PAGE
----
Helping more of the hardest to help into work
This was published under the 2010 to 2015 Conservative and Liberal Democrat coalition government
Charities, business leaders and disability experts are going to support the hardest to help claimants into a job through the Work Programme.
Charities, business leaders and disability experts are joining forces to support the hardest to help claimants – such as those on sickness benefits – into a job through the Work Programme.
A new best practice group will help organisations delivering the Work Programme to find the best ways to help tens of thousands of former incapacity benefit claimants, people claiming Employment and Support Allowance (ESA), ex-offenders and other harder to help claimants overcome issues which are stopping them from getting a job.
Minister for Employment Mark Hoban was addressing the first meeting of the group today. It will consider how to ensure the best ways of addressing the particular needs of these claimants are shared between providers, charities and other organisations helping people into work.
Under the Work Programme, organisations are paid by results for getting those at risk of long-term unemployment into long-term work, and can earn up to £14,000 for finding lasting work for the hardest to help participants.
But some welfare-to-work organisations delivering the scheme have much more experience of helping people with significant health issues than others, so the group has been set up to develop a framework so they can all benefit from as much expertise as possible.
Mark Hoban, Minister for Employment, said:
The Work Programme is offering more help than ever before to people with significant barriers keeping them out of work. It’s far better to help them prepare for work than writing them off to a life on benefits.
But we should have no illusions about the scale of the challenge facing us – when they join the Work Programme, Employment and Support Allowance claimants are still some months away from being ready to work and we want to use this time to give them the skills they need and help them prepare to find a job when they’re fit.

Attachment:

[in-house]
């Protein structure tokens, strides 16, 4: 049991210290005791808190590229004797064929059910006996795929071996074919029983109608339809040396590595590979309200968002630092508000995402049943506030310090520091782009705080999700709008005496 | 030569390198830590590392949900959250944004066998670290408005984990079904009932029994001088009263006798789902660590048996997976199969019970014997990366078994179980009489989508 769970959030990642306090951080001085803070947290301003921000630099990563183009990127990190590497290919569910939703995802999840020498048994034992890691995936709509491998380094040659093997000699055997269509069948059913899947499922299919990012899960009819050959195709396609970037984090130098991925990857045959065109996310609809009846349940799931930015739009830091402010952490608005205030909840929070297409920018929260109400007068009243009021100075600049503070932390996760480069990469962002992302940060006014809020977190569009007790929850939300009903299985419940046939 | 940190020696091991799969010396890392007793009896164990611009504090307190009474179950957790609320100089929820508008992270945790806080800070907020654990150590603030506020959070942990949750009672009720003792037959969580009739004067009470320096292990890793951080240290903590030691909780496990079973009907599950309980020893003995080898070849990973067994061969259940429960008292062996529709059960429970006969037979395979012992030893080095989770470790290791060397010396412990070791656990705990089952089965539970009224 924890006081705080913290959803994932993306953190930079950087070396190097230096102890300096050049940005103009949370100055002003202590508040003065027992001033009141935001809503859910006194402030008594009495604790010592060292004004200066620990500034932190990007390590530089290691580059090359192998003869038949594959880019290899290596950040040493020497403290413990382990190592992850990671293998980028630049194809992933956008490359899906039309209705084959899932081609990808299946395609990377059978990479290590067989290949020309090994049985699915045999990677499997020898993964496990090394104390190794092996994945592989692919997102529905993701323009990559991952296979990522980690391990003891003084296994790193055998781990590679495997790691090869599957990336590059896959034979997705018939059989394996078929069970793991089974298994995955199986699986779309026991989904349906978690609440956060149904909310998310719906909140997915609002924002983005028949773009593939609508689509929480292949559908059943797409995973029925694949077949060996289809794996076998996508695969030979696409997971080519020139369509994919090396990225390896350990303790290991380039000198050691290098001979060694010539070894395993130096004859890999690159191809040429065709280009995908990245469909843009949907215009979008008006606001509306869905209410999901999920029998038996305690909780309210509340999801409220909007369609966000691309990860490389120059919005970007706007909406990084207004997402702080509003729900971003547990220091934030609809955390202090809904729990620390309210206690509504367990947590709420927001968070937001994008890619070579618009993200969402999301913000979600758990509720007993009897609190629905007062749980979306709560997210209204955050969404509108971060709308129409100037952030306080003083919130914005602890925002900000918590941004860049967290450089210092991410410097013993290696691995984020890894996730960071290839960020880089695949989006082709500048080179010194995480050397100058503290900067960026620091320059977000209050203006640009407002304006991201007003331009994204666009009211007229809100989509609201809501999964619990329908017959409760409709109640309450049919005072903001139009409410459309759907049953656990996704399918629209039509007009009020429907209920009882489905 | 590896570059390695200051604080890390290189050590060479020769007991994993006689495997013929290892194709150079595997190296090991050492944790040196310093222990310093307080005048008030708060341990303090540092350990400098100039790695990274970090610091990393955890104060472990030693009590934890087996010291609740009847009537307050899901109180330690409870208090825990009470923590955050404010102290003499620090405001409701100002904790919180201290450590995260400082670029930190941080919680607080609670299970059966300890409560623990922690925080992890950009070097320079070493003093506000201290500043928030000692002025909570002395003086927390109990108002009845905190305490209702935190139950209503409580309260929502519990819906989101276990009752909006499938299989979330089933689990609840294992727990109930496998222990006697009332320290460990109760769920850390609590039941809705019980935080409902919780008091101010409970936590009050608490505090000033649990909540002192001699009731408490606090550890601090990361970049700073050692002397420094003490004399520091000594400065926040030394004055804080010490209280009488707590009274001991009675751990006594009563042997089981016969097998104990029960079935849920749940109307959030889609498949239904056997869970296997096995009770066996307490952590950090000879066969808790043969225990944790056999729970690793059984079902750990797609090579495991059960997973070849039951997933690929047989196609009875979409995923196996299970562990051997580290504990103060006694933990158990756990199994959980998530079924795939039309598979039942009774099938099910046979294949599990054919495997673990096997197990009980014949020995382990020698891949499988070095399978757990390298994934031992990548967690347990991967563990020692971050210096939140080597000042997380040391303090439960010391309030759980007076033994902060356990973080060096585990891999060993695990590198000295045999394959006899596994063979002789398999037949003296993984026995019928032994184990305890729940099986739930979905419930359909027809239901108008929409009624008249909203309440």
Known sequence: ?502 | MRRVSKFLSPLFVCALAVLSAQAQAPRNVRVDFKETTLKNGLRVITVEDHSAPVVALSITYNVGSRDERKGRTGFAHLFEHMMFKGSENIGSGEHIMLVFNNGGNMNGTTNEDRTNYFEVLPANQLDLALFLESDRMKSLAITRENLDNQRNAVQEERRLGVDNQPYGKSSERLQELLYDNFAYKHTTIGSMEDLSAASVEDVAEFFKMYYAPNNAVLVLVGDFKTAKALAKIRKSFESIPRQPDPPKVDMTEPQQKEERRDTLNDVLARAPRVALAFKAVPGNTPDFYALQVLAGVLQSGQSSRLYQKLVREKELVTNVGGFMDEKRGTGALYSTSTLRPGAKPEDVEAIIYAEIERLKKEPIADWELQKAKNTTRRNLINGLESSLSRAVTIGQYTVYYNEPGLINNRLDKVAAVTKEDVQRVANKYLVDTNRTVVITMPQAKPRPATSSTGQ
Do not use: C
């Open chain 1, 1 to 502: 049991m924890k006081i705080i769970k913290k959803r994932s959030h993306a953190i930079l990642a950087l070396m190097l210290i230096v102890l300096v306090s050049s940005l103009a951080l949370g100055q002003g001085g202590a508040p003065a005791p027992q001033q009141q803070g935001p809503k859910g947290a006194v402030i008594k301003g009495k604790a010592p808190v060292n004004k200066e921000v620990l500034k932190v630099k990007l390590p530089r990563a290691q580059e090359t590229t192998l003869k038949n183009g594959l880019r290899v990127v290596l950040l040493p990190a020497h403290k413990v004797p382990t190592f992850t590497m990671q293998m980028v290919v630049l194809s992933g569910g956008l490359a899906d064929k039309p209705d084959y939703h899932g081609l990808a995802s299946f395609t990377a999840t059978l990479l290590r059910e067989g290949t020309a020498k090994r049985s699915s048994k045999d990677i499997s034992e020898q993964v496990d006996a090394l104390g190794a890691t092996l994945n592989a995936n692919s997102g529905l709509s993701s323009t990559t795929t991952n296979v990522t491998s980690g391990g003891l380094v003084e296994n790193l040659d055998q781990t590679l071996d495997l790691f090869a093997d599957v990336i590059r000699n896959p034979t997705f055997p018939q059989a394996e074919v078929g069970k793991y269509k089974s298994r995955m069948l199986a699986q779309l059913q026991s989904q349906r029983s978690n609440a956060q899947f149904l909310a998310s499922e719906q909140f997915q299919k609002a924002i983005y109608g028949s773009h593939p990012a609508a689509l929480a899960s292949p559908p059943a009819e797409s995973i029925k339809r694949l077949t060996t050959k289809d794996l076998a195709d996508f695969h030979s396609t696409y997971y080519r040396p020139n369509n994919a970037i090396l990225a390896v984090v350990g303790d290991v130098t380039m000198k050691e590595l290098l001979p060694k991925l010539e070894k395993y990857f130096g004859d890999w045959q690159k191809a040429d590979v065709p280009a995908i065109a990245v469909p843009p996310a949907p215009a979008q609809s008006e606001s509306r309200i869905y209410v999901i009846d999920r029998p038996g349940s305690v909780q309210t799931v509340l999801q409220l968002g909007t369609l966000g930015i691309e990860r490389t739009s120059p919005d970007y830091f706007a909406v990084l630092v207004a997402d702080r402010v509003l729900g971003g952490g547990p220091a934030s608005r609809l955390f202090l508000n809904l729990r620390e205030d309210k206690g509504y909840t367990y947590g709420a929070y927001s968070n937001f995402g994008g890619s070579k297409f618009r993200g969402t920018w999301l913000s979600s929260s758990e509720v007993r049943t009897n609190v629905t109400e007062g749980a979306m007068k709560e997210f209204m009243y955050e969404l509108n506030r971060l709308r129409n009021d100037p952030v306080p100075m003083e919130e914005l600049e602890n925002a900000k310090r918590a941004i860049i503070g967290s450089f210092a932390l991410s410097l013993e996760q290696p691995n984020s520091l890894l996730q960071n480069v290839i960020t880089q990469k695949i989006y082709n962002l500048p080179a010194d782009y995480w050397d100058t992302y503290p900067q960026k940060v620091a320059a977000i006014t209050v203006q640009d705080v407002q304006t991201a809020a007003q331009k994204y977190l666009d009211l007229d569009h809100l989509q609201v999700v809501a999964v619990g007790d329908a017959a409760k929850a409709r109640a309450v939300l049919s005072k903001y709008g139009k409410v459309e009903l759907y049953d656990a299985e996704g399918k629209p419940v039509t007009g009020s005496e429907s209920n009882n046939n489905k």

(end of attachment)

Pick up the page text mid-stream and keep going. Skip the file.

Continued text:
I want to make sure that providers learn from each other and use the expertise of the voluntary sector to find the best ways of supporting the hardest to help claimants overcome their barriers and move off benefits and into work.
The group will be chaired independently by Andrew Sells, who has extensive experience in finance and business and is a trustee at Policy Exchange. He said:
The Work Programme can play a vital part in helping people avoid a life of long-term unemployment, but some of the participants face significant barriers which are stopping them from work.
By bringing together this wealth of expertise I hope we can give participants the best chance of overcoming those barriers and being able to find lasting work.
Kirsty McHugh, chief executive of the Employment Related Services Association, said:
ERSA is pleased to support the development of a framework for the sharing of best practice. This group will help providers share expertise in order to boost performance and support the hardest to help individuals on the Work Programme into lasting jobs.
We moved off sickness benefits and into work
After a decade of battling depression, Richard Michelson, 45, is off ESA and back in work. Richard credits the Work Programme for giving him the confidence and support he needed to turn his life around.